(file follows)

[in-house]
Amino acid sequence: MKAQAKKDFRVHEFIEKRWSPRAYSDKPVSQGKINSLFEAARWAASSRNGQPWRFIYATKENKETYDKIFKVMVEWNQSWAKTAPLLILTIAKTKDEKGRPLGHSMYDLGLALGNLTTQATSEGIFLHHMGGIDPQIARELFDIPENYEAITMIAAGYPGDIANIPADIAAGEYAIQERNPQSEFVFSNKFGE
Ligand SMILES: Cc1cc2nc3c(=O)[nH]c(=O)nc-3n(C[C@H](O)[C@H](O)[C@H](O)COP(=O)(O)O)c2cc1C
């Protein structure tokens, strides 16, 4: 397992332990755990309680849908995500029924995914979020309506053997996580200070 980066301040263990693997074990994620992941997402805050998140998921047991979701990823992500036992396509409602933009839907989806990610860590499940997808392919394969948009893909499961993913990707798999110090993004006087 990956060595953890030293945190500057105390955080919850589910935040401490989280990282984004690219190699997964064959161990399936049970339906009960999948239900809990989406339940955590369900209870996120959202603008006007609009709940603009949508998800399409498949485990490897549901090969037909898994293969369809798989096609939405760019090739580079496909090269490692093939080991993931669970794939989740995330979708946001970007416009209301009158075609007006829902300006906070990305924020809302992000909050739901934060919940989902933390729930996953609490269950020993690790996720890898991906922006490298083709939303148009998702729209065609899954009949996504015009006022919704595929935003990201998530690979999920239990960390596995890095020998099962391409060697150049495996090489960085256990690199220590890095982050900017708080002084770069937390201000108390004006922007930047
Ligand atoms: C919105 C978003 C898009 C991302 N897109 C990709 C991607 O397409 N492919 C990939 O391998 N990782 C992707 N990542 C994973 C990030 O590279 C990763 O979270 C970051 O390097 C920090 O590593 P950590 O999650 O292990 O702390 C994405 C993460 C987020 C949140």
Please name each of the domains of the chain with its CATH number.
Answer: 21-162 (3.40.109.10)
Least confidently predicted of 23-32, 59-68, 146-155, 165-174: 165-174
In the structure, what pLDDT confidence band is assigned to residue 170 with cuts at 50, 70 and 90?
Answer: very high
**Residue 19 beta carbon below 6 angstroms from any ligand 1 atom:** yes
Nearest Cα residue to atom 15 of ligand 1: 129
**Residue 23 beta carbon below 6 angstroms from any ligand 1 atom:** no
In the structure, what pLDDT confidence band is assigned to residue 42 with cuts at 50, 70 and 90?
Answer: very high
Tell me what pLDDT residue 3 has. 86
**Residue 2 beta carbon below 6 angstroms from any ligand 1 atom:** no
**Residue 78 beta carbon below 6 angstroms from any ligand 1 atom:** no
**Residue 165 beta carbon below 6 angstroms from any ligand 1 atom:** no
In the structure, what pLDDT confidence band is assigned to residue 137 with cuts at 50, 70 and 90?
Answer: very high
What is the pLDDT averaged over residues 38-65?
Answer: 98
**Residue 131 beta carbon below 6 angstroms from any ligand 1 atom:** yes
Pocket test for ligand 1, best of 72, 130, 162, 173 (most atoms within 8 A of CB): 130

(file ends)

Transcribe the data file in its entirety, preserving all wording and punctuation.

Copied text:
[in-house]
Amino acid sequence: MKAQAKKDFRVHEFIEKRWSPRAYSDKPVSQGKINSLFEAARWAASSRNGQPWRFIYATKENKETYDKIFKVMVEWNQSWAKTAPLLILTIAKTKDEKGRPLGHSMYDLGLALGNLTTQATSEGIFLHHMGGIDPQIARELFDIPENYEAITMIAAGYPGDIANIPADIAAGEYAIQERNPQSEFVFSNKFGE
Ligand SMILES: Cc1cc2nc3c(=O)[nH]c(=O)nc-3n(C[C@H](O)[C@H](O)[C@H](O)COP(=O)(O)O)c2cc1C
């Protein structure tokens, strides 16, 4: 397992332990755990309680849908995500029924995914979020309506053997996580200070 980066301040263990693997074990994620992941997402805050998140998921047991979701990823992500036992396509409602933009839907989806990610860590499940997808392919394969948009893909499961993913990707798999110090993004006087 990956060595953890030293945190500057105390955080919850589910935040401490989280990282984004690219190699997964064959161990399936049970339906009960999948239900809990989406339940955590369900209870996120959202603008006007609009709940603009949508998800399409498949485990490897549901090969037909898994293969369809798989096609939405760019090739580079496909090269490692093939080991993931669970794939989740995330979708946001970007416009209301009158075609007006829902300006906070990305924020809302992000909050739901934060919940989902933390729930996953609490269950020993690790996720890898991906922006490298083709939303148009998702729209065609899954009949996504015009006022919704595929935003990201998530690979999920239990960390596995890095020998099962391409060697150049495996090489960085256990690199220590890095982050900017708080002084770069937390201000108390004006922007930047
Ligand atoms: C919105 C978003 C898009 C991302 N897109 C990709 C991607 O397409 N492919 C990939 O391998 N990782 C992707 N990542 C994973 C990030 O590279 C990763 O979270 C970051 O390097 C920090 O590593 P950590 O999650 O292990 O702390 C994405 C993460 C987020 C949140």
Please name each of the domains of the chain with its CATH number.
Answer: 21-162 (3.40.109.10)
Least confidently predicted of 23-32, 59-68, 146-155, 165-174: 165-174
In the structure, what pLDDT confidence band is assigned to residue 170 with cuts at 50, 70 and 90?
Answer: very high
**Residue 19 beta carbon below 6 angstroms from any ligand 1 atom:** yes
Nearest Cα residue to atom 15 of ligand 1: 129
**Residue 23 beta carbon below 6 angstroms from any ligand 1 atom:** no
In the structure, what pLDDT confidence band is assigned to residue 42 with cuts at 50, 70 and 90?
Answer: very high
Tell me what pLDDT residue 3 has. 86
**Residue 2 beta carbon below 6 angstroms from any ligand 1 atom:** no
**Residue 78 beta carbon below 6 angstroms from any ligand 1 atom:** no
**Residue 165 beta carbon below 6 angstroms from any ligand 1 atom:** no
In the structure, what pLDDT confidence band is assigned to residue 137 with cuts at 50, 70 and 90?
Answer: very high
What is the pLDDT averaged over residues 38-65?
Answer: 98
**Residue 131 beta carbon below 6 angstroms from any ligand 1 atom:** yes
Pocket test for ligand 1, best of 72, 130, 162, 173 (most atoms within 8 A of CB): 130